Summit Land Conservancy gets wild with scenic films |

Summit Land Conservancy gets wild with scenic films

Mikey Schaefer's "Moonwalk" is one of the nine films that will be screened during The Wild and Scenic Film Festival, presented by the Summit Land Conservancy. (Image courtesy of the Summit Land Conservancy)

The Summit Land Conservancy was established in 2003, with an idea of working in partnership with local landowners to "permanently protect the remaining agricultural lands, view sheds, animal habitats, waterways, and rangelands in Park City and Summit County," according to its mission statement.

It also raises awareness of preservation and sustainability.

That’s why the conservancy joined the Wild and Scenic Film Festival five years ago.

The festival, organized by the South Yuba River Citizen’s League, a group of concerned citizens who banded together in 1983 to oppose the construction of two dams on the South Yuba River, debuted 11 years ago with a mission to inspire people and unite communities to heal the earth, said Erin Bragg, conservation director at Summit Land Conservancy.

"The title for this year’s Wild and Scenic Film Festival that will take place at the Jim Santy Auditorium on Thursday, April 11, is called "9 Films to Change Your World," and will feature films that are designed to inspire the local population to stand up for conservationism," Bragg said.

The nine films are as follows:


  • "Moonwalk" by Mikey Shaefer


  • "Murder Mouth" by Madeleine Parry and Daniel Joyce


  • "Quest for Energy" by Andrew Satter. Jessica Goad and Christy Goldfuss


  • "Stories of Trust: Colorado" by the iMatter Campaign


  • "Song of the Spindle" by Drew Christie


  • "Travelers Between Two Worlds" by Andress Pineda


  • "One Beach by Jason Baffa and the Farm League


  • "Two Laps" by Lanky Boy


    "The Wild and Scenic Film Festival organization has hundreds of films, so we went through and picked the ones that we thought would be good for our organization to present to our community," Bragg explained. "Some of the films, such as ‘Public Lands, Private Profits: Boom or Bust,’ directly address issues we are experiencing in Utah with mining on public lands. And others, like ‘Murder Mouth,’ address more general topics such as sustainable eating.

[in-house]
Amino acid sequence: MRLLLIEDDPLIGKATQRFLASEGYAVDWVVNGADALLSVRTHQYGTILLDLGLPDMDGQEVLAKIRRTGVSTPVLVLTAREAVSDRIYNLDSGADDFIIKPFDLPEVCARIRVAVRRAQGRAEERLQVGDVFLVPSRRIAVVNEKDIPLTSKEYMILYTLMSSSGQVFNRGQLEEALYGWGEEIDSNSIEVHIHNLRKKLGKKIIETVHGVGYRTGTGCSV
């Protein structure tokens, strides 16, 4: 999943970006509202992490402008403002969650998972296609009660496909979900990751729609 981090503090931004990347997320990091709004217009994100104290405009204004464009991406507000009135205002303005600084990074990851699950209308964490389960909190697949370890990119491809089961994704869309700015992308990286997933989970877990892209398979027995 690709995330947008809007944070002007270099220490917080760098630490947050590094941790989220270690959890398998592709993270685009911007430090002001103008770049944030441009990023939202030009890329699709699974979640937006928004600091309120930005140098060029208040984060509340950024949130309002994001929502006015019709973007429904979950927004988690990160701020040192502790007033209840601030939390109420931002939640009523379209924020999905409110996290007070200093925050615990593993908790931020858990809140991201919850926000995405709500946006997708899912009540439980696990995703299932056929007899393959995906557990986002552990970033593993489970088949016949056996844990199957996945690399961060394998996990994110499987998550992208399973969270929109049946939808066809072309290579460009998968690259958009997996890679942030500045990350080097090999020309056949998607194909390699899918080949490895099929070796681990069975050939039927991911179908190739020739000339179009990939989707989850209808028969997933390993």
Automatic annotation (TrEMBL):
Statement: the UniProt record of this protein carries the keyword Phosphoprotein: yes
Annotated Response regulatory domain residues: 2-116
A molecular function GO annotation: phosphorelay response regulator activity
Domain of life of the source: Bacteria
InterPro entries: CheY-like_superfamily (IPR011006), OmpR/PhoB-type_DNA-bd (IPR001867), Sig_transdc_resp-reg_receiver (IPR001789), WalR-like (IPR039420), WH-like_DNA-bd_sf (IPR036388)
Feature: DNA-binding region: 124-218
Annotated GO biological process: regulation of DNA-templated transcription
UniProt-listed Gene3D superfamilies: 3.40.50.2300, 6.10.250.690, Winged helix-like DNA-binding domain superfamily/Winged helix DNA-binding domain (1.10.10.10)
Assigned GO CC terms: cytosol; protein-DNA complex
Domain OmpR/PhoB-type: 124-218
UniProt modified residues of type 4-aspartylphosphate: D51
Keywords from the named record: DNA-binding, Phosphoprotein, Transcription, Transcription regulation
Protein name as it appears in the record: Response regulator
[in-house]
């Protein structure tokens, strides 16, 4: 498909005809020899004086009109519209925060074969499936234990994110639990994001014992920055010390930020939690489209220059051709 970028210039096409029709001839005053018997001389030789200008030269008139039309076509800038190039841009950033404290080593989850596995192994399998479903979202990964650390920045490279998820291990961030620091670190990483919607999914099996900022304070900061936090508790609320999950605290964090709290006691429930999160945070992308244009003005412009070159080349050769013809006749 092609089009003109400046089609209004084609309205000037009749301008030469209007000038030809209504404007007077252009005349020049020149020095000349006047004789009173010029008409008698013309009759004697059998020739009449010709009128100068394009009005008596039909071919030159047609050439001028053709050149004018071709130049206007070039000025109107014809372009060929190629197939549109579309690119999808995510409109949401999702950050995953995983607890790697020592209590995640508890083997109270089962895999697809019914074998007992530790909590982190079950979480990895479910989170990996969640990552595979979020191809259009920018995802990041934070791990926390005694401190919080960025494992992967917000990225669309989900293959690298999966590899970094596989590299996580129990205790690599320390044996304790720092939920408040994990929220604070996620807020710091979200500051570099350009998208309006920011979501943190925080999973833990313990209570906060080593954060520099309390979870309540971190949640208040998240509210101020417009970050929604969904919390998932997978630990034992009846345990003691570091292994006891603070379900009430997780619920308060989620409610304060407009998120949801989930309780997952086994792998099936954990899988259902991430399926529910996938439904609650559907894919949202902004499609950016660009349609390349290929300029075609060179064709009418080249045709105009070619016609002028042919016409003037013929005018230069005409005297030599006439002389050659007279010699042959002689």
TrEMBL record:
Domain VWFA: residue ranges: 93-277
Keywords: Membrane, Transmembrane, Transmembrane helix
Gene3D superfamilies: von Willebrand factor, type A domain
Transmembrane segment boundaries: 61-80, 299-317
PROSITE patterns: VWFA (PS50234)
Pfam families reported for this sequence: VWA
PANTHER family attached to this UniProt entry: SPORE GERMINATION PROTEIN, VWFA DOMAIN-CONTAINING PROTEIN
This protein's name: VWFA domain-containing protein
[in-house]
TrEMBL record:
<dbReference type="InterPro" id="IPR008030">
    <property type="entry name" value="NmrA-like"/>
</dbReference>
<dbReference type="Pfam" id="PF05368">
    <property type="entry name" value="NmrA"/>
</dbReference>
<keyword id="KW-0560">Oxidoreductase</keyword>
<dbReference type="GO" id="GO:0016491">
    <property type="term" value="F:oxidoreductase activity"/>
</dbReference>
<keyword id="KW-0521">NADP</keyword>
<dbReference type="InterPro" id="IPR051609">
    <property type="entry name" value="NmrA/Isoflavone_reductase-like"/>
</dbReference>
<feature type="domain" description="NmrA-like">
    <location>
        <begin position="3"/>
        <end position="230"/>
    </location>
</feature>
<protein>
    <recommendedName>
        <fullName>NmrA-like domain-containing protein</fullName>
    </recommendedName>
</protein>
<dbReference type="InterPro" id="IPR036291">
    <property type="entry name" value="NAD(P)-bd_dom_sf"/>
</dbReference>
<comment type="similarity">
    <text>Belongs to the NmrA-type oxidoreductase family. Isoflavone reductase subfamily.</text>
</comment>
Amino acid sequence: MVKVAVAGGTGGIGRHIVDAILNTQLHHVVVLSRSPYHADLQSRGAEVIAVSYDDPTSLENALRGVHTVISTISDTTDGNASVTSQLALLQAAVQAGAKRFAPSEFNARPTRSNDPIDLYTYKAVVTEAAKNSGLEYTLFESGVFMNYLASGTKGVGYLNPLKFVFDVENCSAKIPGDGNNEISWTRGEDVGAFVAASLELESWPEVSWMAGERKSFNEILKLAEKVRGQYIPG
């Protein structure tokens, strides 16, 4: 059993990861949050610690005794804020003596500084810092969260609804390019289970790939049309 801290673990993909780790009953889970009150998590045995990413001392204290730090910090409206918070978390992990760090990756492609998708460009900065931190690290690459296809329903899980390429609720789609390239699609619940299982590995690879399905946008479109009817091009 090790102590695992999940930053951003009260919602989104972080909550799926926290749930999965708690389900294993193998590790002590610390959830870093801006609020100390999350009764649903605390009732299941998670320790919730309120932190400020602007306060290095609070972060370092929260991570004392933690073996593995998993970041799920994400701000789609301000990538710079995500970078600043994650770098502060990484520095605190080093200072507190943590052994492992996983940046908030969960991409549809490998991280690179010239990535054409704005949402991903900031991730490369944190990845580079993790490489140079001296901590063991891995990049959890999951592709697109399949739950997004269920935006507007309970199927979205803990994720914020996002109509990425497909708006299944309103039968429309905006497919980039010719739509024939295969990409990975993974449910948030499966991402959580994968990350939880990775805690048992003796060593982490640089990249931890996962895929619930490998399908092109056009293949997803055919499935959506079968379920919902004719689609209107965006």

"That film follows a woman who reexamines the way she gets food," Bragg explained. "She has never killed anything bigger than a spider and wants to reconnect the meat she eats with the animal that is killed."

    "Murder Mouth" documents how the progresses from picking her own broccoli to catching her own fish to killing and eating a chicken and finally to killing and eating a lamb.

    "This film is the one that may be a little hard for the squeamish to watch, but it shows how people can relate to their food," Bragg said. "It ties in with our community because we have some local food providers such as Summit County Beef that offer fresh food to locals."

    Setting the tone for the evening will be "Moonwalk."

    "It’s a short and silent film about slacklining, which is like tightrope walking on a between two red-rock peaks in Southern Utah," Bragg said.

    The film’s title comes from a scene where a full moon highlights one of the scenes, she said.

    In addition, the Wild and Scenic Film Festival screenings will feature two films about whales — "Song of the Spindle" and "Traveler’s Between Two Worlds."

    "Song of the Spindle" is an animated film in which a man and a sperm whale have a conversation to see which of the two is smarter, Bragg said.

    "The other, ‘Traveler’s Between Two Worlds,’ on the other hand, is a live-action piece filmed in Spanish, but has subtitles," she said. "It reminded me of the times when I was in school in Alaska, and we learned about whales. I thought this film would be interesting for kids in Utah and the Park City population, because they don’t get to experience something like this in a land-locked state."

    The evening will also feature opportunity drawings for prizes, Bragg said.

    "Those will take place during intermission," she explained.

    This year marks Bragg’s first Wild and Scenic Film Festival as an employee with the Summit Land Conservancy, she said.

    Bragg, who joined the staff as an intern last September, before being hired on fulltime in January, moved to Utah nearly 15 years ago and recently graduated from the University of Utah with a masters degree in environmental humanities.

    "I work on the more science-based projects, and do a lot of the base-line documents for our conservation properties in Park City and Summit County," she said. "After I graduated, I thought the Summit Land Conservancy would be great place to start, and so far it is.

    "I’m looking forward to the film festival and know it will be fun and informative," she said.

    The Summit Land Conservancy and the Park City Film Series will present the annual Wild and Scenic Film Festival on Thursday, April 11, in the Jim Santy Auditorium at the Park City Library and Education Center, 1255 Park Ave., at 7 p.m. This year’s festival, which is rated PG, will feature nine environmental films ranging in length from four minutes to 25 minutes. Tickets are $10 for adults and $5 for students. A portion of the proceeds will benefit the Summit Land Conservancy, which works in partnership with local landowners to permanently protect the remaining agricultural lands, view sheds, animal habitats, waterways and rangelands in Park City and Summit County. Tickets are available by visiting .


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